Catholic CornucopiadCheney

Te deprecante, corporum

When thou dost pray thy might prayer

The Hymns of the Breviary and Missal

  1. Te deprecante, corporum
    Lues recedit, improbi
    Morbi fugantur, pristina
    Redeunt salutis munera.
  2. Phthisi, febrique, et ulcere
    Diram redactos ad necem,
    Sacratas morti victimas,
    Ejus rapis e faucibus.
  3. Te deprecante, tumido
    Merces abactæ flumine,
    Tractæ Dei potentia
    Sursum fluunt retrogradeæ.
  4. Cum tanta possis, sedibus
    Coeli locatus, poscimus:
    Responde votis supplicum,
    Et invocatus subveni.
  5. O una semper Trinitas,
    O trina semper Unitas:
    Da, supplicante Cantio,
    Æterna nobis præmia.
  1. When thou dost pray thy might prayer,
    Disorders flee, and plagues abate,
    And bodies, wasting in disease,
    Regain at once their healthful state.
  2. When phthisis, fevers, ulcers dire,
    Have brought men to their latest breath,
    When they are mourned as victims doomed,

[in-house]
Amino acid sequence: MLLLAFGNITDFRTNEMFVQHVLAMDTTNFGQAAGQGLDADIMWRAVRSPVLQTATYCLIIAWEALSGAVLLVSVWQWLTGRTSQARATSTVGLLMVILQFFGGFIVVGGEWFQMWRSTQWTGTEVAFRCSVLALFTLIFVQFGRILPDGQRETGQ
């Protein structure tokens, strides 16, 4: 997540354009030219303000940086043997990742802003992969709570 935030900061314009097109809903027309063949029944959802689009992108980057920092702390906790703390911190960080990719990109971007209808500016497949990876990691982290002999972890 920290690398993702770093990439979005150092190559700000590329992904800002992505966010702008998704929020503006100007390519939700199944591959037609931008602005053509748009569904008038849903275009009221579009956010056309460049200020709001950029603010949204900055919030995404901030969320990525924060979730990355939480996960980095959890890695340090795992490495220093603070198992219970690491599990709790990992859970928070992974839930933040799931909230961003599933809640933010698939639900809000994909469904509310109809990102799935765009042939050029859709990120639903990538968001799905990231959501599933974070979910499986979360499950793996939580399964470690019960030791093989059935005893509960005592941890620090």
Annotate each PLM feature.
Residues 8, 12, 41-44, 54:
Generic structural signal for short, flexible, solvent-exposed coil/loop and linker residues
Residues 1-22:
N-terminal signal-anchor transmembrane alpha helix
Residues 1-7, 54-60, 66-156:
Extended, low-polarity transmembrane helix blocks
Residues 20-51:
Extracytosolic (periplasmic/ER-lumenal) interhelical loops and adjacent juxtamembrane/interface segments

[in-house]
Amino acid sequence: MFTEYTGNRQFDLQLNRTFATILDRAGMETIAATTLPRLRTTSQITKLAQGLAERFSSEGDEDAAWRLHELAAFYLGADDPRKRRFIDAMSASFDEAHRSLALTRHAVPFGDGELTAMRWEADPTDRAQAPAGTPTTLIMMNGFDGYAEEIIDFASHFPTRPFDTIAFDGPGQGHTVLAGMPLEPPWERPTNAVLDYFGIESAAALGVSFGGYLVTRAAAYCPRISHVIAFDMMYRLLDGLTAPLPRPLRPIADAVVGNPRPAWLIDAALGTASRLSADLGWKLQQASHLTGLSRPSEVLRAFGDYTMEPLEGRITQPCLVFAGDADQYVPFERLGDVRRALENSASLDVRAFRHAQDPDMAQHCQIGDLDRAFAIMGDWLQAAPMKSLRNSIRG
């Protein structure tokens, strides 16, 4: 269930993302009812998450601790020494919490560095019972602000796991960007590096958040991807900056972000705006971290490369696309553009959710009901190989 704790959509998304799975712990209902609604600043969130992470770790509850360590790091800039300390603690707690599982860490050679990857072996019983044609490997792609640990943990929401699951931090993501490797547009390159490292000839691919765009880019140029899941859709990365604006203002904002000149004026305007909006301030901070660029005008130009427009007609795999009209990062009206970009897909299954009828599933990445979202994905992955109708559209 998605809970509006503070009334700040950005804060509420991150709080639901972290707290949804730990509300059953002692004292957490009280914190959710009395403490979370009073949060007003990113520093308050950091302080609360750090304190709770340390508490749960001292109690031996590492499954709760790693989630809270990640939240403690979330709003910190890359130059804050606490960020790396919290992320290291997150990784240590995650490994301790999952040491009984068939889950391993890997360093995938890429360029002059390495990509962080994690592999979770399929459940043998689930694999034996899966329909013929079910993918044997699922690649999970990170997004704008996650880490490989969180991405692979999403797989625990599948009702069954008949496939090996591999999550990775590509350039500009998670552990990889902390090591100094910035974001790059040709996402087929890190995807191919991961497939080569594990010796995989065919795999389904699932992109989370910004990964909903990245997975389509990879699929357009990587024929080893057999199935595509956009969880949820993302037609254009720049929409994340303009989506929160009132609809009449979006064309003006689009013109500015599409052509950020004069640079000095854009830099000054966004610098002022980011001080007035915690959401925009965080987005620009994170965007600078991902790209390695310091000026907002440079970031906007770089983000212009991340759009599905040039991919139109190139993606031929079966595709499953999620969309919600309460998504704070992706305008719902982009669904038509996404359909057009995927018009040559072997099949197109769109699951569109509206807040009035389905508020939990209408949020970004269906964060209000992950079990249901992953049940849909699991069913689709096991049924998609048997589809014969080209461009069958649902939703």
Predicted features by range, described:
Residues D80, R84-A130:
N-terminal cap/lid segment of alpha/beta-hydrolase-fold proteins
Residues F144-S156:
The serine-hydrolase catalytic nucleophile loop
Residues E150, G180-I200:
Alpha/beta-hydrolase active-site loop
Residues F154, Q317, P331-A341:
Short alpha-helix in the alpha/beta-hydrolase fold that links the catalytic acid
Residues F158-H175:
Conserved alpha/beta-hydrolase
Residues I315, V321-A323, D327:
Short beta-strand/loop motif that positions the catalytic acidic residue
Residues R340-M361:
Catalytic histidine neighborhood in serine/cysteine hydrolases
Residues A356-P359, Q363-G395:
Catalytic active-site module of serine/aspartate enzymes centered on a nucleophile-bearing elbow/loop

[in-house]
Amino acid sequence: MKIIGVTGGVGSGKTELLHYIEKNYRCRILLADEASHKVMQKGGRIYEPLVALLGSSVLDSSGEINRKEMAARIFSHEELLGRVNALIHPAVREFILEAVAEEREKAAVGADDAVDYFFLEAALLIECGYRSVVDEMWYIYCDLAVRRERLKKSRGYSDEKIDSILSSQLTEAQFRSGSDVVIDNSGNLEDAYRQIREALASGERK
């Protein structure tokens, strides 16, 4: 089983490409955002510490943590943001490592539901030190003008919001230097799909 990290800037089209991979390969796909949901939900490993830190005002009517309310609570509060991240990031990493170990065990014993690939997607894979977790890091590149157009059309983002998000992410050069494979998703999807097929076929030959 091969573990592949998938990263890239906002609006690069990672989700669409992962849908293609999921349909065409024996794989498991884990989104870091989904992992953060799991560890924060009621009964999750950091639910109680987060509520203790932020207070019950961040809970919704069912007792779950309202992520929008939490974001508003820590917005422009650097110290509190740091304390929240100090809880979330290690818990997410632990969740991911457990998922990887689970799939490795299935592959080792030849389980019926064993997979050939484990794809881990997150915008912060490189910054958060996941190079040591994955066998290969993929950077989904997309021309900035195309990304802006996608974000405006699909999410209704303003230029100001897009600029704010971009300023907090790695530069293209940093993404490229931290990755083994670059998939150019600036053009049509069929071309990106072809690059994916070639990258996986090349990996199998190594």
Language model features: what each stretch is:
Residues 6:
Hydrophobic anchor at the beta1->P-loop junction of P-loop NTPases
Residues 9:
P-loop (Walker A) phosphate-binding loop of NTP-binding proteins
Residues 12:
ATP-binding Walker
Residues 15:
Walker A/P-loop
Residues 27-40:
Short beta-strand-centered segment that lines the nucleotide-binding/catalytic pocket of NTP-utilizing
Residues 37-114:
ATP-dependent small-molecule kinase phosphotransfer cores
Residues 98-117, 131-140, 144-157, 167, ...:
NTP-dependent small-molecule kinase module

Thou tak’st them from the jaws of death.
  3. Thou pray’st; and goods, which down the stream
    Are hurried on at headlong pace,
    Drawn by the mighty hand of God,
    Float upwards, and their source retrace.
  4. Do thou, who canst such wonders work,
    Now from thy throne in heaven deign
    To listen to our suppliant prayers,
    That we may answering help obtain.
  5. O Trinity forever One,
    O Unity forever Trine,
    That we may gain eternal joys,
    To Cantius’ prayer Thine ear incline.
Author: Unknown, 18th cent. Meter: Iambic dimeter. Translation by Archbishop Bagshawe; this is a good specimen of Bagshawe’s style. There are five translations. Liturgical Use: Hymn for Lauds on the Feast of St. John Cantius.
  1. “At thy prayer bodily sickness departs, dreadful plagues are put to flight, former blessings of health return.”
  2. “Thou dost snatch from his very jaws the victims devoted to death—those brought nigh to a dire death by consumption, fever, and ulcer.”
  3. “At thy prayer, goods carried away by a swollen stream, are, by the mighty hand of God, drawn backwards, floating up the stream.”
  4. “Since thou, now dwelling in the mansions of heaven, art able to do such wonders, we ask that thou give heed to the prayers of thy suppliants, and aid them when invoked.”
  5. “O Trinity forever One, O Unity forever Three: grant us through the intercession of Cantius an eternal reward.”